Immortalisation with hTERT Impacts on Sulphated Glycosaminoglycan Secretion and Immunophenotype in a Variable and Cell Specific Manner

Abstract

BACKGROUND Limited options for the treatment of cartilage damage have driven the development of tissue engineered or cell therapy alternatives reliant on ex vivo cell expansion. The study of chondrogenesis in primary cells is difficult due to progressive cellular aging and senescence. Immortalisation via the reintroduction of the catalytic component of telomerase, hTERT, could allow repeated, longitudinal studies to be performed while bypassing senescent phenotypes. METHODS Three human cell types: bone marrow-derived stromal cells (BMA13), embryonic stem cell-derived (1C6) and chondrocytes (OK3) were transduced with hTERT (BMA13H, 1C6H and OK3H) and proliferation, surface marker expression and tri-lineage differentiation capacity determined. The sulphated glycosaminoglycan (sGAG) content of the monolayer and spent media was quantified in maintenance media (MM) and pro-chondrogenic media (PChM) and normalised to DNA. RESULTS hTERT expression was confirmed in transduced cells with proliferation enhancement in 1C6H and OK3H cells but not BMA13H. All cells were negative for leukocyte markers (CD19, CD34, CD45) and CD73 positive. CD14 was expressed at low levels on OK3 and OK3H and HLA-DR on BMA13 (84.8%). CD90 was high for BMA13 (84.9%) and OK3 (97.3%) and moderate for 1C6 (56.7%), expression was reduced in BMA13H (33.7%) and 1C6H (1.6%). CD105 levels varied (BMA13 87.7%, 1C6 8.2%, OK3 43.3%) and underwent reduction in OK3H (25.1%). 1C6 and BMA13 demonstrated osteogenic and adipogenic differentiation but mineralised matrix and lipid accumulation appeared reduced post hTERT transduction. Chondrogenic differentiation resulted in increased monolayer-associated sGAG in all primary cells and 1C6H (p<0.001), and BMA13H (p<0.05). In contrast OK3H demonstrated reduced monolayer-associated sGAG in PChM (p<0.001). Media-associated sGAG accounted for ≥55% (PChM-1C6) and ≥74% (MM-1C6H). CONCLUSION In conclusion, hTERT transduction could, but did not always, prevent senescence and cell phenotype, including differentiation potential, was affected in a variable manner. As such, these cells are not a direct substitute for primary cells in cartilage regeneration research.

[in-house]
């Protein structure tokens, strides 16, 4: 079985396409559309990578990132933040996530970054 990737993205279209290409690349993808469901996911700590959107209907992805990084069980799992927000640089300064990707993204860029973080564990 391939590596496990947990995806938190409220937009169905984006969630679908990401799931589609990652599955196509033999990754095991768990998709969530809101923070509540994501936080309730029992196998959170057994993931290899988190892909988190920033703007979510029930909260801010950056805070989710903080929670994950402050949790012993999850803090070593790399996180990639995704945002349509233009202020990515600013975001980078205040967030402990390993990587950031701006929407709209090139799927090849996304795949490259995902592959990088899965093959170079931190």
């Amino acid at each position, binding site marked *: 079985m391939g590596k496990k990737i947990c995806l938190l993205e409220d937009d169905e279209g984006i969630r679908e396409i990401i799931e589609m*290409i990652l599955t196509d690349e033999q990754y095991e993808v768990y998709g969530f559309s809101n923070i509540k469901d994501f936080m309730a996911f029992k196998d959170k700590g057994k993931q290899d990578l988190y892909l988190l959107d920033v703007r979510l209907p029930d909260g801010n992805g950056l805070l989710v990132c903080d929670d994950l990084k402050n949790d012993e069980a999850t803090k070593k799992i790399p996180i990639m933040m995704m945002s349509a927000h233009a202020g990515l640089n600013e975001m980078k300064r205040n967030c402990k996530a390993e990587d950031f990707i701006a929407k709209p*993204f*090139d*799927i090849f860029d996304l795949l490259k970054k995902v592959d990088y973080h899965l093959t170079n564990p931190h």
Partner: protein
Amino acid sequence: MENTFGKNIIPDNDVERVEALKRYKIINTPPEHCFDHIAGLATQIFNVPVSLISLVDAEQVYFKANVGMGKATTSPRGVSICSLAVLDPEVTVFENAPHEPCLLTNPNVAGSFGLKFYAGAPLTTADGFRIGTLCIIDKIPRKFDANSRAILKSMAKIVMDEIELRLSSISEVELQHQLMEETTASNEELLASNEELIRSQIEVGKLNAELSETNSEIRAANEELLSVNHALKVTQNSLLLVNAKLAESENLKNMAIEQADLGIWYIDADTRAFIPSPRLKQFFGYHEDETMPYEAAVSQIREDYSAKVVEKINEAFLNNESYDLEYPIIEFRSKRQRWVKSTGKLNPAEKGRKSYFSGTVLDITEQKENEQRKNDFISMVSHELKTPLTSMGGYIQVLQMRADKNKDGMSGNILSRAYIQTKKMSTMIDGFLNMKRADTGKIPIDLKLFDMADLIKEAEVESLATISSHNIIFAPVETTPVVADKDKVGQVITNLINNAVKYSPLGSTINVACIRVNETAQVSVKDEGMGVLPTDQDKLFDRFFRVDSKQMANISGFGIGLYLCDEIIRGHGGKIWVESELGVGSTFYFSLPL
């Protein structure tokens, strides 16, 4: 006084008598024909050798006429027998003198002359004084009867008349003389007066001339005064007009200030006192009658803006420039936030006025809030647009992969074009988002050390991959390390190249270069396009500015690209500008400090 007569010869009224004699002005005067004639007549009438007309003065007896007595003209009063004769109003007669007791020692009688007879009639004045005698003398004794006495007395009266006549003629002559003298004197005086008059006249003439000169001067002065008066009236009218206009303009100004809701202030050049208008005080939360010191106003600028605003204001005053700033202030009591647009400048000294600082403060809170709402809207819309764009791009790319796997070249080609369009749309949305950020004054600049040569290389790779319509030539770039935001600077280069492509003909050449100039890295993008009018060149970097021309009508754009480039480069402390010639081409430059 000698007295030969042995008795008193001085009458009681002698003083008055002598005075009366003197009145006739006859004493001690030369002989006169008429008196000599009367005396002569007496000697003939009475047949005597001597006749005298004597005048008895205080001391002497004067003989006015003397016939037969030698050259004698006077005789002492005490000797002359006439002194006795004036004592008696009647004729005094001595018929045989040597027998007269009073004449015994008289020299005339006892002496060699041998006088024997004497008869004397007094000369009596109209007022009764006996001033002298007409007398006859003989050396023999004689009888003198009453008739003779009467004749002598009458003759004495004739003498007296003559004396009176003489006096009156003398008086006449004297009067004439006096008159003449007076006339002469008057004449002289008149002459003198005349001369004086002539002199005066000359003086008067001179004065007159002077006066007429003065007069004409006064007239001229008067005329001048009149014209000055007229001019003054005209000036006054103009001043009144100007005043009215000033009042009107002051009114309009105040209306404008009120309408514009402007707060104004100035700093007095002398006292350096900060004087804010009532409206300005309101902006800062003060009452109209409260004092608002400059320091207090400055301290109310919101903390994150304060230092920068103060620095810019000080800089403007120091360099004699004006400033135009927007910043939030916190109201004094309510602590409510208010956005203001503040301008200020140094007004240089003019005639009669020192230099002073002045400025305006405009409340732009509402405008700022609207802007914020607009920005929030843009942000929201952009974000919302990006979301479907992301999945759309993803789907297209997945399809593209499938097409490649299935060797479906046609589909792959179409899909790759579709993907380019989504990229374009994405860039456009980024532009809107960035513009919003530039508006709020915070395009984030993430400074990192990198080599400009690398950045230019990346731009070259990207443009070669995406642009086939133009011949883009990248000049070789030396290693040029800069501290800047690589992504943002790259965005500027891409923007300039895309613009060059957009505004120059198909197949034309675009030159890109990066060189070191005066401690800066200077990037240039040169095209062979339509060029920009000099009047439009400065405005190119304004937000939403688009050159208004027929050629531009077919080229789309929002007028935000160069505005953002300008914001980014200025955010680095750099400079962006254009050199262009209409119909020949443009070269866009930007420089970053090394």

DOI: 10.1371/journal.pone.0133745

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@inproceedings{Dale2015ImmortalisationWH, title={Immortalisation with hTERT Impacts on Sulphated Glycosaminoglycan Secretion and Immunophenotype in a Variable and Cell Specific Manner}, author={Tina Patricia Dale and Alice M de Castro and Nicola J. Kuiper and Eric Kenneth Parkinson and Nicholas Robert Forsyth and Gabriele Saretzki}, booktitle={PloS one}, year={2015} }